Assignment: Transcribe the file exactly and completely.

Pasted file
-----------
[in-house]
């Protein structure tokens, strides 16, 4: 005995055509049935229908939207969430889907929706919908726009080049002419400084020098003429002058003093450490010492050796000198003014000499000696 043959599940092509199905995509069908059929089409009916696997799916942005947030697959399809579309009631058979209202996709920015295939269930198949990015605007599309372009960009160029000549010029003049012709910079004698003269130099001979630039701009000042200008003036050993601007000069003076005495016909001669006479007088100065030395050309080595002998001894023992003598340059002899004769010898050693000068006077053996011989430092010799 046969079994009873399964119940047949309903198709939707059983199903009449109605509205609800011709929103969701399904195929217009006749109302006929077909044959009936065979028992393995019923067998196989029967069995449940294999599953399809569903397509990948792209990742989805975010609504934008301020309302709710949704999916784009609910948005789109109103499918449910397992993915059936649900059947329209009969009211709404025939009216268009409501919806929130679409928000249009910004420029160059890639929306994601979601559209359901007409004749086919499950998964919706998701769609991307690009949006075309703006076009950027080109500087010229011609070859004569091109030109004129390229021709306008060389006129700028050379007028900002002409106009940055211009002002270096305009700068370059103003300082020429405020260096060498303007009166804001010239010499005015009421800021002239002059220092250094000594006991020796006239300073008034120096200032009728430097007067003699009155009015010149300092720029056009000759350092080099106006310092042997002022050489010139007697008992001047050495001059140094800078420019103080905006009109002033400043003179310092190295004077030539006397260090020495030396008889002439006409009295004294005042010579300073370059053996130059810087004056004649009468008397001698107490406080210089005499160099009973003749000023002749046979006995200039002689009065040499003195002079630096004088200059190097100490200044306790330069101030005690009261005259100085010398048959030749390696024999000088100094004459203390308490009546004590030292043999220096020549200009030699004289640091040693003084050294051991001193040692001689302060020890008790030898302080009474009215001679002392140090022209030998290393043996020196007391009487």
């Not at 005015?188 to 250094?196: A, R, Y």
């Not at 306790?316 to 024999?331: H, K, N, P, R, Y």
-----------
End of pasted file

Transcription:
[in-house]
């Protein structure tokens, strides 16, 4: 005995055509049935229908939207969430889907929706919908726009080049002419400084020098003429002058003093450490010492050796000198003014000499000696 043959599940092509199905995509069908059929089409009916696997799916942005947030697959399809579309009631058979209202996709920015295939269930198949990015605007599309372009960009160029000549010029003049012709910079004698003269130099001979630039701009000042200008003036050993601007000069003076005495016909001669006479007088100065030395050309080595002998001894023992003598340059002899004769010898050693000068006077053996011989430092010799 046969079994009873399964119940047949309903198709939707059983199903009449109605509205609800011709929103969701399904195929217009006749109302006929077909044959009936065979028992393995019923067998196989029967069995449940294999599953399809569903397509990948792209990742989805975010609504934008301020309302709710949704999916784009609910948005789109109103499918449910397992993915059936649900059947329209009969009211709404025939009216268009409501919806929130679409928000249009910004420029160059890639929306994601979601559209359901007409004749086919499950998964919706998701769609991307690009949006075309703006076009950027080109500087010229011609070859004569091109030109004129390229021709306008060389006129700028050379007028900002002409106009940055211009002002270096305009700068370059103003300082020429405020260096060498303007009166804001010239010499005015009421800021002239002059220092250094000594006991020796006239300073008034120096200032009728430097007067003699009155009015010149300092720029056009000759350092080099106006310092042997002022050489010139007697008992001047050495001059140094800078420019103080905006009109002033400043003179310092190295004077030539006397260090020495030396008889002439006409009295004294005042010579300073370059053996130059810087004056004649009468008397001698107490406080210089005499160099009973003749000023002749046979006995200039002689009065040499003195002079630096004088200059190097100490200044306790330069101030005690009261005259100085010398048959030749390696024999000088100094004459203390308490009546004590030292043999220096020549200009030699004289640091040693003084050294051991001193040692001689302060020890008790030898302080009474009215001679002392140090022209030998290393043996020196007391009487």
């Not at 005015?188 to 250094?196: A, R, Y």
């Not at 306790?316 to 024999?331: H, K, N, P, R, Y």